The Coloring Book was on sale all over the world
in places like the Smithsonian's Air and Space Museum Bookstore
and the MIT Museum Shop.
Shown below is a plagiarized "pirate" translation
of my FORTRAN Coloring Book, first from English to German
and then from FORTRAN to Pascal! The nerve of some people!
The FORTRAN Coloring Book gave rise to a flood of other
books done in the style it created. Shown below are the original
Coloring Book, the Hungarian translation that was authorized by
the MIT Press, the pirate German translation, and two of the computer
books that came along later using the Coloring Book's style. (If
there is any doubt as to where the inspiration for these books
came from, one has only to look at the lettering in the Index
in the back of the various books.)
Larry Gonick has written a half dozen books in the general
style which the Coloring Book introduced, including The
Cartoon Guide to the Computer, The Cartoon Guide to Genetics,
The Cartoon Guide to Physics, and The Cartoon History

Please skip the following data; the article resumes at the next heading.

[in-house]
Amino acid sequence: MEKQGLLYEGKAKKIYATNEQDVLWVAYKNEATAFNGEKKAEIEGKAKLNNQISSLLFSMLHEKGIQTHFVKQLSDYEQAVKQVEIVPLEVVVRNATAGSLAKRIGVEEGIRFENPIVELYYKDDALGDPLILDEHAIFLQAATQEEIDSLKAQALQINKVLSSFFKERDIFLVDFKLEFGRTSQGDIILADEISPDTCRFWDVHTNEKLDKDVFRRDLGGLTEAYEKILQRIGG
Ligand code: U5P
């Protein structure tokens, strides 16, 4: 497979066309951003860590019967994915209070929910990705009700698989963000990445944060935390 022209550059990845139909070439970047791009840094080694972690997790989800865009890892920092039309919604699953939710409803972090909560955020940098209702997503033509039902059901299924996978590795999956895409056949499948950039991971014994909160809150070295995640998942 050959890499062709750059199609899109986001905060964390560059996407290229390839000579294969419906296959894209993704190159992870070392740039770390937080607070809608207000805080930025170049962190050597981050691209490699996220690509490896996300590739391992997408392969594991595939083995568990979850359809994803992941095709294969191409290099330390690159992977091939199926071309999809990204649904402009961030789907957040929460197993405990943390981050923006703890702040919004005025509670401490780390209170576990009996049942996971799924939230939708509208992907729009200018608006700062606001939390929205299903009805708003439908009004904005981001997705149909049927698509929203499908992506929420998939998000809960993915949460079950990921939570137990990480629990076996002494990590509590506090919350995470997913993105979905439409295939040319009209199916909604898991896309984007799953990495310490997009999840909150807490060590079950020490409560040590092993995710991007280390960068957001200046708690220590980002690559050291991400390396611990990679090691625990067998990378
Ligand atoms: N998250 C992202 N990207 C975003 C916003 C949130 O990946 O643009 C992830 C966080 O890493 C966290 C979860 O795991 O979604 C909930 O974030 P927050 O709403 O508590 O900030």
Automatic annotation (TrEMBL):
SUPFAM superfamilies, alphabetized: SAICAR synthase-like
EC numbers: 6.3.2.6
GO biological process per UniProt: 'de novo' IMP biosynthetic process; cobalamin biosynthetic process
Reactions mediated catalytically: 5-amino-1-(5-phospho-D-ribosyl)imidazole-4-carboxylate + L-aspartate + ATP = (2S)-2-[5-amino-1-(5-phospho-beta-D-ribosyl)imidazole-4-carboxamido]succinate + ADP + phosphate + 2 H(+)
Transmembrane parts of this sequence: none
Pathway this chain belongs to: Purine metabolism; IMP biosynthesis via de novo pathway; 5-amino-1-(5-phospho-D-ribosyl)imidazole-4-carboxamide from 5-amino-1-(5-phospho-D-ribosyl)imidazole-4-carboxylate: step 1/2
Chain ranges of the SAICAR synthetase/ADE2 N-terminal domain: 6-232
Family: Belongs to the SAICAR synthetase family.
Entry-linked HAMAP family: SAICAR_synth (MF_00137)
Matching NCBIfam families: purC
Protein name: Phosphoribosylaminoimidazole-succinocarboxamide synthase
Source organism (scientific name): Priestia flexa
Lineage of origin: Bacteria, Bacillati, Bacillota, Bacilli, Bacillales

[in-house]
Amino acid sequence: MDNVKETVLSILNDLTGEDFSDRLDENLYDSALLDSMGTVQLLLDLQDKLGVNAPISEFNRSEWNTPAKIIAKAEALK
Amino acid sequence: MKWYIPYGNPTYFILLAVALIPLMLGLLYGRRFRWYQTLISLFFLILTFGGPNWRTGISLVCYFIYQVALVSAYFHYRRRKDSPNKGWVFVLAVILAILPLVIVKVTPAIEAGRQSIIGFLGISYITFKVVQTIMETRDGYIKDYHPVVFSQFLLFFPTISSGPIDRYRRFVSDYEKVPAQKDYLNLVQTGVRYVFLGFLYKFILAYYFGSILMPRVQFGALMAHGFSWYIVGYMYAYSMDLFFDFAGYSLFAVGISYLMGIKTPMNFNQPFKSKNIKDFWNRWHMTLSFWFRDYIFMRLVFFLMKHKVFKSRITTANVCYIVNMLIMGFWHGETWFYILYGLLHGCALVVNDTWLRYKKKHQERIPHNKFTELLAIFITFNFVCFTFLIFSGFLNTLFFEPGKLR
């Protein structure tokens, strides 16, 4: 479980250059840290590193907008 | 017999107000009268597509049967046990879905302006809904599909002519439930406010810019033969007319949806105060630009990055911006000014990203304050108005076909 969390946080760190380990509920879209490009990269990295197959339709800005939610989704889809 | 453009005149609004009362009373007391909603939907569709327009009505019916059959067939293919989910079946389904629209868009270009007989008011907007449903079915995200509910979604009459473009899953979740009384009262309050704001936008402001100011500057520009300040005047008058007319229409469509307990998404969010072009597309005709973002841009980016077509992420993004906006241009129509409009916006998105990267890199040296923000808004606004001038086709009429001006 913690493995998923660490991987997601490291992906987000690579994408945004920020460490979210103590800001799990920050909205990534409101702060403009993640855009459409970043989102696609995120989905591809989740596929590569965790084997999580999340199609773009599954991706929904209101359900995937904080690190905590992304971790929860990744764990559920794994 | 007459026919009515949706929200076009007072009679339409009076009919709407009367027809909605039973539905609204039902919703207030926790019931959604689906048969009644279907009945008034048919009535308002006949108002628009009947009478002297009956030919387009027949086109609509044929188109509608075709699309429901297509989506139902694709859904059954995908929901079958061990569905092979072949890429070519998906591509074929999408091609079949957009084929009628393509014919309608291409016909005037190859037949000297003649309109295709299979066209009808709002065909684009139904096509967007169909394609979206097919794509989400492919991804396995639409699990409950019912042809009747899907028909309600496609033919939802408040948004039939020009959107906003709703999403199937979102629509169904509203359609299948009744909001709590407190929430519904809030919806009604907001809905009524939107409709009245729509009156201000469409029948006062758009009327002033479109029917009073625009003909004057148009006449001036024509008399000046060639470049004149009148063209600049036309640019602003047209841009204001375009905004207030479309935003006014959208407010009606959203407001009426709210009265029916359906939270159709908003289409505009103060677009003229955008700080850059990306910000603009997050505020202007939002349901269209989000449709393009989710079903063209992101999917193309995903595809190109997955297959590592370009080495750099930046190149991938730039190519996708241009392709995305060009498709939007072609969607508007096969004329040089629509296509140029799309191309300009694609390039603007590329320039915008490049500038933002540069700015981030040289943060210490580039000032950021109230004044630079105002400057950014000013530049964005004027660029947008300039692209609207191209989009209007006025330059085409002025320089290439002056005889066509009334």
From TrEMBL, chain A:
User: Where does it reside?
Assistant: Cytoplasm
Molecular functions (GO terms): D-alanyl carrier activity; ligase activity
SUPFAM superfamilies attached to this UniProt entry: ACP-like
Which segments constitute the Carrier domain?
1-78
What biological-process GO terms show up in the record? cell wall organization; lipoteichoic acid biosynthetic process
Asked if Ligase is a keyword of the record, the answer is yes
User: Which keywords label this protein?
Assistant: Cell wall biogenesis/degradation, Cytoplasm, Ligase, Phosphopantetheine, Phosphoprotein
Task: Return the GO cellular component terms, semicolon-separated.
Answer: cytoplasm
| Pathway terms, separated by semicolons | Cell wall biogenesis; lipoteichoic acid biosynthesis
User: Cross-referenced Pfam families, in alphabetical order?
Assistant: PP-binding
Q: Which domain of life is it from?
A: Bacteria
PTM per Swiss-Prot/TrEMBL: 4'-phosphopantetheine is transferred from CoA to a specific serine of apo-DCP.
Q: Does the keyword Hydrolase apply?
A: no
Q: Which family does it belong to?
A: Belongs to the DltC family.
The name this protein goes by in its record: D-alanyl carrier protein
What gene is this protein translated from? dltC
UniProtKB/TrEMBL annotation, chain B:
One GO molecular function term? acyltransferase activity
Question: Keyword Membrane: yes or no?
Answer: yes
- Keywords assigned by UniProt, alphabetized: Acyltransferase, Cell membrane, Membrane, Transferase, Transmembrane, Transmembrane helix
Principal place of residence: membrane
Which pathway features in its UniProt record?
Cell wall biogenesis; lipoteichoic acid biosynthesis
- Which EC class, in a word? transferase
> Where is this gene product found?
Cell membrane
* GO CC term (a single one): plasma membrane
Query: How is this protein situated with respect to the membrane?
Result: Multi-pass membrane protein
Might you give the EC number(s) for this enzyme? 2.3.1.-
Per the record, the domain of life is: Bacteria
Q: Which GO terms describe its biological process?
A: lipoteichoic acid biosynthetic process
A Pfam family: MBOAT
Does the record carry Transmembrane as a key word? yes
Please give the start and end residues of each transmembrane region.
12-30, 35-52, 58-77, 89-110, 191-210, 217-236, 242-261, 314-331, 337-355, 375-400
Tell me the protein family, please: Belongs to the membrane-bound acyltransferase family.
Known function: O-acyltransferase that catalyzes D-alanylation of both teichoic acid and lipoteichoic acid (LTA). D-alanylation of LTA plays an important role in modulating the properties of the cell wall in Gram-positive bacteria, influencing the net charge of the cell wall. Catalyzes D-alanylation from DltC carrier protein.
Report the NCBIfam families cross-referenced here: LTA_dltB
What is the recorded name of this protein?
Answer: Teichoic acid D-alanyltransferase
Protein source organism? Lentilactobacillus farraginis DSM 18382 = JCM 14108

of the Universe. Imitation is the sincerest form of flattery.
I just wish he didn't call my book "Witty, Bordering on Corny"
in his bibliography. My book isn't bordering on corny-
it is corny!
Here is a review from a review. I guess that makes
it a review squared:
One of my favorite reviews was this one, from the American
Mathematical Monthly for November, 1978. It was printed as a one-line
summary in verse:
"A lively approach to seduce,/In manner quite
sim'lar to Seuss./Handwritten, with drawings and lots of guffawings/Disposed
to make Fortran transluce."
(In fact, Ted Geisel- the real Dr. Seuss sent me a
nice note complimenting the Coloring Book and saying he
wished he'd had a text like that when he was a student at Dartmouth.
We traded autographed copies of our books. I expect that his autographed
copy of my Coloring Book will bring big bucks someday at
auction at Southeby's, compared to my autographed copy of The
Cat In The Hat.)
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E. Kaufman Homepage